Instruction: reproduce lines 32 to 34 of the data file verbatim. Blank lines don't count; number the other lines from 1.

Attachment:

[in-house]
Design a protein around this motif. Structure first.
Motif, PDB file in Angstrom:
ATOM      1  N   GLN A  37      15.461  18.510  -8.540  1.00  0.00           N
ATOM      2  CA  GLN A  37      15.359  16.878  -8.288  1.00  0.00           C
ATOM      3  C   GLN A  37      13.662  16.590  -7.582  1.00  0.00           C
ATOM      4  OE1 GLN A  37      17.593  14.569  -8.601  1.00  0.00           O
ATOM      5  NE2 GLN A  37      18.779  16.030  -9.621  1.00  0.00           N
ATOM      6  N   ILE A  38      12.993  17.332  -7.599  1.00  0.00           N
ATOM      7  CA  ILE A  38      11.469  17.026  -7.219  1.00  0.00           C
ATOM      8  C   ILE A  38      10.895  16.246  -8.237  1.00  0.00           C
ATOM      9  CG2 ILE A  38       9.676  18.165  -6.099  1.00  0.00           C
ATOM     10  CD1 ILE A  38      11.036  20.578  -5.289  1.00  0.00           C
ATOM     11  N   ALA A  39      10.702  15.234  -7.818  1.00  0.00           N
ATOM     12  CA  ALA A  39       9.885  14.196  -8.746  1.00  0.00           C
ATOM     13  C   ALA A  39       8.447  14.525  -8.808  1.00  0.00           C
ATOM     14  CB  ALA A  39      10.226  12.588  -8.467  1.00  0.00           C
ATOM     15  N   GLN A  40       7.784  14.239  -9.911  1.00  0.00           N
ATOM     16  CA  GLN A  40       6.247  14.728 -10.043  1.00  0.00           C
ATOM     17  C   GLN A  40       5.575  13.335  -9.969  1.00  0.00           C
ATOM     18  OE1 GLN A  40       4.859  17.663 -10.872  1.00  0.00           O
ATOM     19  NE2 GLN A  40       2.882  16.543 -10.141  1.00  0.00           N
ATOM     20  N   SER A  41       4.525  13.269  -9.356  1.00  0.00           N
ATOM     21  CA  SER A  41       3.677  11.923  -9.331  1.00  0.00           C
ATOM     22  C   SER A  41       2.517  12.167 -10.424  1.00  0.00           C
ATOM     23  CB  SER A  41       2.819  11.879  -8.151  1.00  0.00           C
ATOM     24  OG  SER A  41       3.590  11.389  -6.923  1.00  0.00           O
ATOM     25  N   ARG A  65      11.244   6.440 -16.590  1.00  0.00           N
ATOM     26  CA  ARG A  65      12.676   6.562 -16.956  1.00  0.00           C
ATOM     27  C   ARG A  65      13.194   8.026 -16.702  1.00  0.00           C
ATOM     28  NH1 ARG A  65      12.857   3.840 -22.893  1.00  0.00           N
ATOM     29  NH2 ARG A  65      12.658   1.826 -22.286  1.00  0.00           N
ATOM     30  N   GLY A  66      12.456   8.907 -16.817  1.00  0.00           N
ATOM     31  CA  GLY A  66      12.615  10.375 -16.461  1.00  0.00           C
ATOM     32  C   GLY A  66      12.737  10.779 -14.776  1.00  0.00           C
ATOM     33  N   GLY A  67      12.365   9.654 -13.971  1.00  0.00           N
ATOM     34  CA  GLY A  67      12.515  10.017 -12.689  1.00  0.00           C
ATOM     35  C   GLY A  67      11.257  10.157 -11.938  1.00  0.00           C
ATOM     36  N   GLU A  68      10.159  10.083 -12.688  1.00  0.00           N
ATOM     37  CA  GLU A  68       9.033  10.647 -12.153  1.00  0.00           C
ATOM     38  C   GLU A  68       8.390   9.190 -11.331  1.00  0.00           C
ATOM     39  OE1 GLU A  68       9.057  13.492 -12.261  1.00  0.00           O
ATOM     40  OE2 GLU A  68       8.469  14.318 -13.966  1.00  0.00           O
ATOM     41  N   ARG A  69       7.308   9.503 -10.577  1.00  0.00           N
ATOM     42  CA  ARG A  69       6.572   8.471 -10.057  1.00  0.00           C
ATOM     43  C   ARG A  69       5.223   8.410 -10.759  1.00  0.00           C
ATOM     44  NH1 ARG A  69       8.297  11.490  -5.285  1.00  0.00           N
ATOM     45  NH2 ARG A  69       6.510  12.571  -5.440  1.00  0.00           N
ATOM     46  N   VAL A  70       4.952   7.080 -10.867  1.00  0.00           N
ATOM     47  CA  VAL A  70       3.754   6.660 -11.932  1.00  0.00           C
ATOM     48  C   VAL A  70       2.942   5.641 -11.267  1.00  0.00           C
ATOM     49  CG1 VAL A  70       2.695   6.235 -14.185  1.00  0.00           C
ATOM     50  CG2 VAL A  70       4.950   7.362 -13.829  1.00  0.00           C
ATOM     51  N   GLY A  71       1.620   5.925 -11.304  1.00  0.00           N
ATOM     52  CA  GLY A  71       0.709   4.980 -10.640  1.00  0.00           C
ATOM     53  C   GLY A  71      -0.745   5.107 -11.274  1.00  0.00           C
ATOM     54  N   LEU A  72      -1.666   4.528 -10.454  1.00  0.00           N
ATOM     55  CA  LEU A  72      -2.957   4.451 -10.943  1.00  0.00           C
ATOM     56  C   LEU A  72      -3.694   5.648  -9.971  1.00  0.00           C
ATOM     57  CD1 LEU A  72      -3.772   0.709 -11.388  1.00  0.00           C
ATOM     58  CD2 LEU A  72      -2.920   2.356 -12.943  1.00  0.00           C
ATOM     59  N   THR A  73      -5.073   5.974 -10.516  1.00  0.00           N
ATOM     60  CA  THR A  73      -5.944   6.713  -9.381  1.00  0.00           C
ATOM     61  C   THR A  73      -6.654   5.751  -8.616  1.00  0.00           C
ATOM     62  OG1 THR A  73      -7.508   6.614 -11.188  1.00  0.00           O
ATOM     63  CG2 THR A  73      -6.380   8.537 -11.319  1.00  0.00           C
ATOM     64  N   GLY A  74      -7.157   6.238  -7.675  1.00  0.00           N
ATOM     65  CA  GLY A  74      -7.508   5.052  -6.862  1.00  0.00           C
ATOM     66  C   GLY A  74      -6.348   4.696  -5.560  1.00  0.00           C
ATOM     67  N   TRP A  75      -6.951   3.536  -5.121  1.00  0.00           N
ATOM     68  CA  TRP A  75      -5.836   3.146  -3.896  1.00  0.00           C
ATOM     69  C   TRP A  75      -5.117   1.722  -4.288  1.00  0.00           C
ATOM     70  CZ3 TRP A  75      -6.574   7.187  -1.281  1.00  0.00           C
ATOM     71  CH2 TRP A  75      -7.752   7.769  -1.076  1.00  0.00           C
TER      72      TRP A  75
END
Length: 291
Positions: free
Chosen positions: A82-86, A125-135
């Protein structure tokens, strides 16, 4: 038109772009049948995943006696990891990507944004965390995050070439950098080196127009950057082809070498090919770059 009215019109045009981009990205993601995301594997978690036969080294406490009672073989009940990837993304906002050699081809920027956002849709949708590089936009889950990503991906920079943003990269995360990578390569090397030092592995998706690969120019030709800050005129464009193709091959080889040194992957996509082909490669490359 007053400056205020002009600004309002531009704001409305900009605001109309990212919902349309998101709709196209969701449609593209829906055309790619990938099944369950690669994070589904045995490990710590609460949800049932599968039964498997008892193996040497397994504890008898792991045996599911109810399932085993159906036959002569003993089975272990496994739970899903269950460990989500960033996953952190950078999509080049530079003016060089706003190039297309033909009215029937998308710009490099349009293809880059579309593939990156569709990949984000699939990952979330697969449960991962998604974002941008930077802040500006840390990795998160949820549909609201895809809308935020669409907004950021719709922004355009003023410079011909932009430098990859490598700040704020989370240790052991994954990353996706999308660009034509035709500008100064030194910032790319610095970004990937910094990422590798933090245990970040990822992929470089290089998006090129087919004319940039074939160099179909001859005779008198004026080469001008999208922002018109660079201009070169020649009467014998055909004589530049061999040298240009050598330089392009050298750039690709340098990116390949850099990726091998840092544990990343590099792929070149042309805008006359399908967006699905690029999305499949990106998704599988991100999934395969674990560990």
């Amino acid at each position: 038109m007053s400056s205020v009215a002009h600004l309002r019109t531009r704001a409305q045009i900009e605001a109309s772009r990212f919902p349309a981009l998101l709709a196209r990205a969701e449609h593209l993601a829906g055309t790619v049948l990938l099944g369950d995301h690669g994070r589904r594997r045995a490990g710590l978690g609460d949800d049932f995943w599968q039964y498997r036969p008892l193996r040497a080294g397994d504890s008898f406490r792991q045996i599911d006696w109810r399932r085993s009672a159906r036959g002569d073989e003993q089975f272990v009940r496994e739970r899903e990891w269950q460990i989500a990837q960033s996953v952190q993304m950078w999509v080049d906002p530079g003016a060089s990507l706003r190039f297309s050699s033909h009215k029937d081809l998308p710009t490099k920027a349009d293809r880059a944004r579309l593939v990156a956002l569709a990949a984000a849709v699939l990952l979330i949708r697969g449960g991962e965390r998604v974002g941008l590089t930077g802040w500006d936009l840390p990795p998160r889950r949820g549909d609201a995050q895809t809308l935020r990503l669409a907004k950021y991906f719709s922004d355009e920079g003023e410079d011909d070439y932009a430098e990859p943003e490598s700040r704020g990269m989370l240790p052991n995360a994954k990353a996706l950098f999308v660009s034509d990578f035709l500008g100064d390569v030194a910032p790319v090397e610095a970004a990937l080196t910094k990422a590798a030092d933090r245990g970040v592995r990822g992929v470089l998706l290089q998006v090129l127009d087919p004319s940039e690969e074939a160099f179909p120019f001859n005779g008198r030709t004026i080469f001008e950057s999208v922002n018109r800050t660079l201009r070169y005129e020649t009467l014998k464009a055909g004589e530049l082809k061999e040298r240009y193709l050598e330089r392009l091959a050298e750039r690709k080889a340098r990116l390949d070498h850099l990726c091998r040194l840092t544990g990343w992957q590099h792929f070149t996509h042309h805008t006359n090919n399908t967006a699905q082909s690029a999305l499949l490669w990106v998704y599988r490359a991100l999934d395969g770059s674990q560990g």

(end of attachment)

ATOM     29  NH2 ARG A  65      12.658   1.826 -22.286  1.00  0.00           N
ATOM     30  N   GLY A  66      12.456   8.907 -16.817  1.00  0.00           N
ATOM     31  CA  GLY A  66      12.615  10.375 -16.461  1.00  0.00           C